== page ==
Atlantic dialogue lecture: James Charlton
What happens when we talk about art?
• How talking effects "making"
• What might we do about that?
There are tensions that we encounter when talking about art; the problem of talking about work as well as recording work, photographing it, blogging etc. Not that we shouldn't talk about it but that in doing so we need to be aware of the tensions.
James Charlton in his lecture outlined these tensions in his own work. Within his practice he keeps talking/writing about art separated from the work itself. He posed the question can we approach writing in the same way as we approach making. Can talking, writing, reading be viewed as emergent practice? There is a dialogue between the artist and the material, can this be true of writing? Much of what Charlton seemed to be saying stemmed from a discourse around what is the art work? The performance first given and no other or can there be reenactments? Are these re-performances merely a pastiche of the work produced before or are these works new works in themselves. By recording or talking about work after it has been performed seems to change the work itself. The example used was of a performance by New Zealand artist Justin Allen entitled News. The first performance in the 1970's is a post object art work in which Allen opens and screws up a news paper again and again until it is disintegrated. Allen performed it again in the early 2000's and then it is re-performed by artist Mark Harvey in 2015. Is it then a reenactment of a reenactment and no longer the work itself? If the work exists in multiple states what then defines the work? Charlton suggests that Harvey's reenactment of "News" is flawed by being a reproduction.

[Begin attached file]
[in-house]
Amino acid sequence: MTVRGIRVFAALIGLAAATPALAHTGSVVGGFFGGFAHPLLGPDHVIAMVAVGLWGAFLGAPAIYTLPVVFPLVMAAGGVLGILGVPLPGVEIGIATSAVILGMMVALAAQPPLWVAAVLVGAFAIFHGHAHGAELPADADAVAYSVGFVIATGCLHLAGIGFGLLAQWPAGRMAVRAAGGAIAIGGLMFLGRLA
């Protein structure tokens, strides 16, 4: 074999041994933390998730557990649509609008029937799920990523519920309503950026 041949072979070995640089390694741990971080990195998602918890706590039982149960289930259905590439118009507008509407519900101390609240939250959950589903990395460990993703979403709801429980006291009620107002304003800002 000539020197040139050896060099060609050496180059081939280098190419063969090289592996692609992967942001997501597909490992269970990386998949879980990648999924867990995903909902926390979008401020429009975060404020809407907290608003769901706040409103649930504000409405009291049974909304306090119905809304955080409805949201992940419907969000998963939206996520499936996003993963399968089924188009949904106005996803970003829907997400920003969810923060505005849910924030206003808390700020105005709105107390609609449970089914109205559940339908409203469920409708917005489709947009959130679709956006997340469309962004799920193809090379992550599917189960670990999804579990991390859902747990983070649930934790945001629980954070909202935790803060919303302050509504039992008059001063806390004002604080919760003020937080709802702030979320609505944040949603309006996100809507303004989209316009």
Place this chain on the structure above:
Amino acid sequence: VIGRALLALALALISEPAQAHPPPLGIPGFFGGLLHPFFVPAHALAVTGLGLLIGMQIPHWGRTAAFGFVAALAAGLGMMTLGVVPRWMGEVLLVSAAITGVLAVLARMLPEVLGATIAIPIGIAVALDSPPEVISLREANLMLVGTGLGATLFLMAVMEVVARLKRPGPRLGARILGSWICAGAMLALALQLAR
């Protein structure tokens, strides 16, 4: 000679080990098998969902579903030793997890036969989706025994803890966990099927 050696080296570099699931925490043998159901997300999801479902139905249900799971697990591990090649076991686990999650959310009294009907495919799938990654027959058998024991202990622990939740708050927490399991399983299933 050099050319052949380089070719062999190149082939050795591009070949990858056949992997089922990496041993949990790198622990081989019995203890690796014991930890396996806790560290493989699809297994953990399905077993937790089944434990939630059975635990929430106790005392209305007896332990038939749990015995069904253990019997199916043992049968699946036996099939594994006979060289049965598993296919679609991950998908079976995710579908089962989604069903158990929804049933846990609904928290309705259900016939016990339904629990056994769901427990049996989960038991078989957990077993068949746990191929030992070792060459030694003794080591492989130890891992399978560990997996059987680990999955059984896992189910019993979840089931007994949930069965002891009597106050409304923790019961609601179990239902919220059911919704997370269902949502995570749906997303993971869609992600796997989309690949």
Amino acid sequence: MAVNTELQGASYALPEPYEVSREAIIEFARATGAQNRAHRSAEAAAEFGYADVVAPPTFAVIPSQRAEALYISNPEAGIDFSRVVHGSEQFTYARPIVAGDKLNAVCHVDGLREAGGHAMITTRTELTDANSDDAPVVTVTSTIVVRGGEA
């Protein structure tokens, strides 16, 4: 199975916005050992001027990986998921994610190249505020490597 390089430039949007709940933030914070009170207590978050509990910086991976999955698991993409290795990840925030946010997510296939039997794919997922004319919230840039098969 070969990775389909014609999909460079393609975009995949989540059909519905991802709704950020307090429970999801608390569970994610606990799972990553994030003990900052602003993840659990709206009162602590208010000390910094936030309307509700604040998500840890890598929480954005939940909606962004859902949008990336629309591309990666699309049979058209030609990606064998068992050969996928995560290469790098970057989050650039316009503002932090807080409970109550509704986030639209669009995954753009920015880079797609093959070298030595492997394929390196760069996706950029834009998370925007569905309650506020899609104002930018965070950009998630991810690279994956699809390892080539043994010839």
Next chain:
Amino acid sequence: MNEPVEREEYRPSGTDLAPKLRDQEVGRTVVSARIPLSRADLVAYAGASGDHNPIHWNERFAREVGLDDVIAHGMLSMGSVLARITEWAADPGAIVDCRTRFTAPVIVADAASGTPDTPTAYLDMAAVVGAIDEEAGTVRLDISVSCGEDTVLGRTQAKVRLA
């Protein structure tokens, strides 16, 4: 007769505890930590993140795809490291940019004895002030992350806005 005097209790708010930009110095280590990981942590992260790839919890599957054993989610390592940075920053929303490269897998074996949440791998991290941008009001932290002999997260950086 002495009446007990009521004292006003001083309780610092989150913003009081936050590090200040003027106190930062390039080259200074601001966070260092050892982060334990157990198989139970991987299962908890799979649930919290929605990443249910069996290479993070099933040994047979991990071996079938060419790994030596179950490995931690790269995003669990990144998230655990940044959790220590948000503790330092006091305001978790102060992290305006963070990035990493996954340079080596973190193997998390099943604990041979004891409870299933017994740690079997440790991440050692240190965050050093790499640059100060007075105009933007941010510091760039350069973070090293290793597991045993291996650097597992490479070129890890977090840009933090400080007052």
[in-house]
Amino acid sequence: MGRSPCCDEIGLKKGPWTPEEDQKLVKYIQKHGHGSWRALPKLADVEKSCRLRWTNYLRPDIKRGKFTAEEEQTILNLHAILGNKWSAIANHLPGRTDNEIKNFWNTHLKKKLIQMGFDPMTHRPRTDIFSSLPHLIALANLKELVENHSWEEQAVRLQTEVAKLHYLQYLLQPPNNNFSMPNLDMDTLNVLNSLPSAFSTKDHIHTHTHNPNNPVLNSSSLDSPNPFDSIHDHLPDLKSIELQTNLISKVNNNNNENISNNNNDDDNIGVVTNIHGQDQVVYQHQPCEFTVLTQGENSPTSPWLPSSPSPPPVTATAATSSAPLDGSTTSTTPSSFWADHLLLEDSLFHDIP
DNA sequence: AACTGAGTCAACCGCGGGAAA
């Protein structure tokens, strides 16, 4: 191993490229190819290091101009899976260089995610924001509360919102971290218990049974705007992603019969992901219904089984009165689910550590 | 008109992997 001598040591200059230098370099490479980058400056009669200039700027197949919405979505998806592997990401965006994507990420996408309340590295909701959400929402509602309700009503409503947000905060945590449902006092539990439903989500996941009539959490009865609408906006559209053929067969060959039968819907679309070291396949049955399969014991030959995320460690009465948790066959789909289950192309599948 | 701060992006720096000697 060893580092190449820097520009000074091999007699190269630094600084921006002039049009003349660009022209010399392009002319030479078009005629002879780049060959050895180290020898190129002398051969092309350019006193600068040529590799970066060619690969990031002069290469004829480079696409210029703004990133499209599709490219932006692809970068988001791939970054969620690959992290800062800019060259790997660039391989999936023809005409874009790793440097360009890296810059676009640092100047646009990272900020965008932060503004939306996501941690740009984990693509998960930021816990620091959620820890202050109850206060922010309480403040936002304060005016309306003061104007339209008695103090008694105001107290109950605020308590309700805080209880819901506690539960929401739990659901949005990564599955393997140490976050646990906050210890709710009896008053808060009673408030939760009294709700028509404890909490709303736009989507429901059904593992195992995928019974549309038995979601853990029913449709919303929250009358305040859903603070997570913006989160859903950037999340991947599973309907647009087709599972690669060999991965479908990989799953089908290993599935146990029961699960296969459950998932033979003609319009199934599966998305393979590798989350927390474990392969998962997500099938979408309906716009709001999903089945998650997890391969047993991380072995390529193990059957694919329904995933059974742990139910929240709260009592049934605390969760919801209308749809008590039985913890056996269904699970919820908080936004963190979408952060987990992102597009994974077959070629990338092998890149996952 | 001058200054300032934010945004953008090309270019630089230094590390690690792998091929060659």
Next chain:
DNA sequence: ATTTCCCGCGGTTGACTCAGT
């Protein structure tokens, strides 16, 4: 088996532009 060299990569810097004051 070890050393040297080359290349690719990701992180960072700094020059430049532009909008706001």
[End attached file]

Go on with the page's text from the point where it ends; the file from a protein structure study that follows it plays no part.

Alongside this Charlton asks if talking about art somehow displaces making art. He suggested that on most bachelor degrees students make art but on MA course they talk so munch about the critical framework that the art production might be slower. He suggest however that there is a difference between making art and being an artist. As an undergraduate students are shown how to make workbooks, blog, write, creating critical distance validating their work. This makes students into artist but what does this do to making? Making and reflecting?
The idea of material practice falls apart when you contemplate the audience. As soon as you contemplate the audience you are putting the work on a pedestal.
Talking about art verses making art
There is an exteem self consciousness occurs when emulating or representing rather than critiquing. The work becomes something only when we have been told something about it by the artist. there must be a balance between the work of the artist and the work of the audience; the artist to devise her own work and the audience to respond. work that is not replication and the audience to have some knowledge of their own about the world.
It is better to leave the work to the work of the audience, to allow them to 'discover' the work for themselves. reflexivity as representation turns art into a subject. Claims to knowledge can be assured be cute they the audience have been in the space/place of the art and the reaction to the work is there's alone with out being told what to think about the work. the have had a response to the work itself without direction.
At the end of the lecture we still had only glimpses of what Charton work might look like leaving the onus with us to head to KARST to see that exhibition when it opens the following week.I was also left with questions about the sustainablity of an artist life in which you say nothing to anyone and how does the work exist beyond the first showing?